Resolution was flawed
On July 7, the U.S. House of Representatives considered H. Res. 268, a resolution regarding Israel and Palestine. Instead of supporting or opposing this resolution, I decided to vote “present,” because I agreed with some provisions, but found others problematic.
I strongly agree with many of the resolution’s principles. For example, I steadfastly support a two-state solution and believe all parties must come together to reach a negotiated settlement. I have consistently called upon Hamas to recognize Israel and revise its charter, which calls for Israel’s destruction and makes anti-Semitic references. Hamas’ rocket fire into Israel and five-year detention of Gilad Shalit are completely unacceptable, and are blatant violations of the human rights values I hold dear.
My concern with the resolution regards clauses that come dangerously close to cutting off U.S. aid to the Palestinian Authority. This is not a minor issue. I disagree with the tone and substance of this part of the resolution.
American aid to the Palestinian Authority, for example, helped train security forces in the West Bank that even the Israel Defense Forces credit for a significant drop in violence and terror against Israelis. Funding and technical support from USAID has helped create jobs and positively develop the Palestinian economy. Furthermore, it is my hope and expectation that moderate voices will prevail in next year’s Palestinian elections. I am concerned that the resolution’s policy provisions will undercut this goal.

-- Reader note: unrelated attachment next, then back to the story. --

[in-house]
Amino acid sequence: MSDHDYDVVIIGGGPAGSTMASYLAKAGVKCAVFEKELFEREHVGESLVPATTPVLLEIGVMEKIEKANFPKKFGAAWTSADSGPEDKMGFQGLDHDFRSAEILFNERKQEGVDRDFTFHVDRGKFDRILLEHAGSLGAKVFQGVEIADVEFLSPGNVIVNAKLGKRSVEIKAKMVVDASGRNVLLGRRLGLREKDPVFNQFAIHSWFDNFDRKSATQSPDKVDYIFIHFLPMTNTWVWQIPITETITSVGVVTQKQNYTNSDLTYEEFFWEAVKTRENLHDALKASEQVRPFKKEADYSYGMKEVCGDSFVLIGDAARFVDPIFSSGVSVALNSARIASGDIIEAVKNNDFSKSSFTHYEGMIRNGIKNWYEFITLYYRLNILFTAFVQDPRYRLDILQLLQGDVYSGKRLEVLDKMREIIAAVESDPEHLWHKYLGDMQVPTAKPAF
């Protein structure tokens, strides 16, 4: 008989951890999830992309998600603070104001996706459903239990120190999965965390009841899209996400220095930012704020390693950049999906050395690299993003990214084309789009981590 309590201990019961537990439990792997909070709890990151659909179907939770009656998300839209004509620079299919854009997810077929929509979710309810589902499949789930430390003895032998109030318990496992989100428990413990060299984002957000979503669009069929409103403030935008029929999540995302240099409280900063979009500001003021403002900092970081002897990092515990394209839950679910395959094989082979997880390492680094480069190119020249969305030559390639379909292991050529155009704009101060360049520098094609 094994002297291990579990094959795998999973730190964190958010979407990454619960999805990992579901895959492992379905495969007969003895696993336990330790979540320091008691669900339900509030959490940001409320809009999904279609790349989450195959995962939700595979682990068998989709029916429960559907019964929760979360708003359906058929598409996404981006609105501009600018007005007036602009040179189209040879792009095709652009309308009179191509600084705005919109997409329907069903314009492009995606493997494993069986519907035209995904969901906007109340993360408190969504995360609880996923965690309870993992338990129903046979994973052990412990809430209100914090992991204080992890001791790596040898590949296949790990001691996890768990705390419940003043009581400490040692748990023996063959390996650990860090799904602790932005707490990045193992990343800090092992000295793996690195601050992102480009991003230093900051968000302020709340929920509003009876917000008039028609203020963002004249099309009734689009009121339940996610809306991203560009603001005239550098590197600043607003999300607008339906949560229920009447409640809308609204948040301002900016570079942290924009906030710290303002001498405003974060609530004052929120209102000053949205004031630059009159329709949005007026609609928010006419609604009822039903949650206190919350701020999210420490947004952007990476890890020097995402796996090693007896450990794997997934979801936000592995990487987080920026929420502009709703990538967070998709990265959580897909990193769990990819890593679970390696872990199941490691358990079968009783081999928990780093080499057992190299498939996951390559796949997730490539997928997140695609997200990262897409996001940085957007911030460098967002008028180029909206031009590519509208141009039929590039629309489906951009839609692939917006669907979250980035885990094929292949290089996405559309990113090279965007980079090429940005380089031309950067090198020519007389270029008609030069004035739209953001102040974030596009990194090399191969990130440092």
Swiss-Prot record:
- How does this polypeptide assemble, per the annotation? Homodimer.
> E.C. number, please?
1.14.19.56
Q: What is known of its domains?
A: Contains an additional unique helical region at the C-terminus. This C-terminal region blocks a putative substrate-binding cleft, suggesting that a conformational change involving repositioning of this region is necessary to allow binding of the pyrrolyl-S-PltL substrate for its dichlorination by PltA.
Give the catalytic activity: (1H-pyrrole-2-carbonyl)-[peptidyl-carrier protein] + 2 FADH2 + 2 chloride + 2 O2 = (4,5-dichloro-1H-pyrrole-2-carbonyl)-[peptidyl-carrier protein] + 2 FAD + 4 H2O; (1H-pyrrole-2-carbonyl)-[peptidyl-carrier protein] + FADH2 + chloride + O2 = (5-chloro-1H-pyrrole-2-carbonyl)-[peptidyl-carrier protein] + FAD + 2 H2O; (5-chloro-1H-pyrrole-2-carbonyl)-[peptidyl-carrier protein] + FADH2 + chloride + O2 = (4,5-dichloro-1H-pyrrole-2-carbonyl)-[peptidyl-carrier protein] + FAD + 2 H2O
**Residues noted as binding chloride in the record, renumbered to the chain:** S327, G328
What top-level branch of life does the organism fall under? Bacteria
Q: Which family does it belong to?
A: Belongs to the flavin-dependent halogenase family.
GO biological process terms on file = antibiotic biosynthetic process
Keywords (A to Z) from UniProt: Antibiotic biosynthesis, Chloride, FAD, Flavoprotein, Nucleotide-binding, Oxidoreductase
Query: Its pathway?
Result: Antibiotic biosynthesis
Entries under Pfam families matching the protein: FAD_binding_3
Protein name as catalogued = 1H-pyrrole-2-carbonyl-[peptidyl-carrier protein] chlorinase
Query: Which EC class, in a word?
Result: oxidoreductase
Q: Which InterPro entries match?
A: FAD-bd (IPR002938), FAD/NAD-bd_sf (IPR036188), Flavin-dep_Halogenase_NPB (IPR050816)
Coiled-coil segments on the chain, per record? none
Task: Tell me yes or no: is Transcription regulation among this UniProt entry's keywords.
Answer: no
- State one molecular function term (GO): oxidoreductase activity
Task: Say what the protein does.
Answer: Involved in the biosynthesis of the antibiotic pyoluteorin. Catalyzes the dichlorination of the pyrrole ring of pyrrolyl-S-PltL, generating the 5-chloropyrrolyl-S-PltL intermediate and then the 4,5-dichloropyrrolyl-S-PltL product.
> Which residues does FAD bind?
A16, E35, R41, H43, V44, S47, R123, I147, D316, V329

I fear that cutting off aid will weaken Palestinian moderates, embolden Hamas, and invite the patronage of the Iranian regime.
The resolution cites multiple Palestinian shortcomings, but not a single Israeli one. There is no provision highlighting Israel’s continued expansion of settlements on land that must become a Palestinian state for the sake of Palestine and Israel.
I am committed to a balanced perspective that is pro-peace. I will continue my strong advocacy for a two-state solution so that Israelis and Palestinians can live in peace, security and prosperity.
Keith M. Ellison, Congressman, 5th District of Minnesota
Columnist is a hater
I was shocked when I read Akiva Eldar’s article, “After 18 years, the Oslo Accords are all but dead” (7-8-11 AJW). In his vicious hatred of what he calls the “most right-wing government Israel has ever seen,” Eldar goes so far as to express his hope that the Palestinians are not tempted to give up on the United Nations vote for a Palestinian state with the 1967 borders, and return to negotiations, a “trap” that Dennis Ross, President Obama’s special envoy, is trying to drag them into.
Eldar also derides Ross for trying to have the Palestinians “recognize the State of Israel as the state of the Jewish people — in other words, as his country, though [Ross] was born in San Francisco, more than that of Palestinian Authority President Abbas, who was born in Safed.”
In other words, Eldar is saying that Israel should not claim to be a Jewish state. He advises Abbas to forget about negotiations until Netanyahu agrees that the “permanent borders will be based on the 1967 lines with agreed-upon changes,” ignoring the fact that 320,000 Jews are living in West Bank settlements and another 180,000 Jews in eastern Jerusalem. This is a fact any Israeli government has to deal with.
We are told that in the year 70 C.E., Jerusalem was destroyed because of sinat chinam, unjustified hatred. What Eldar writes is due to his unjustified hate of what he calls the “right wing.”
Max Goodman, St. Paul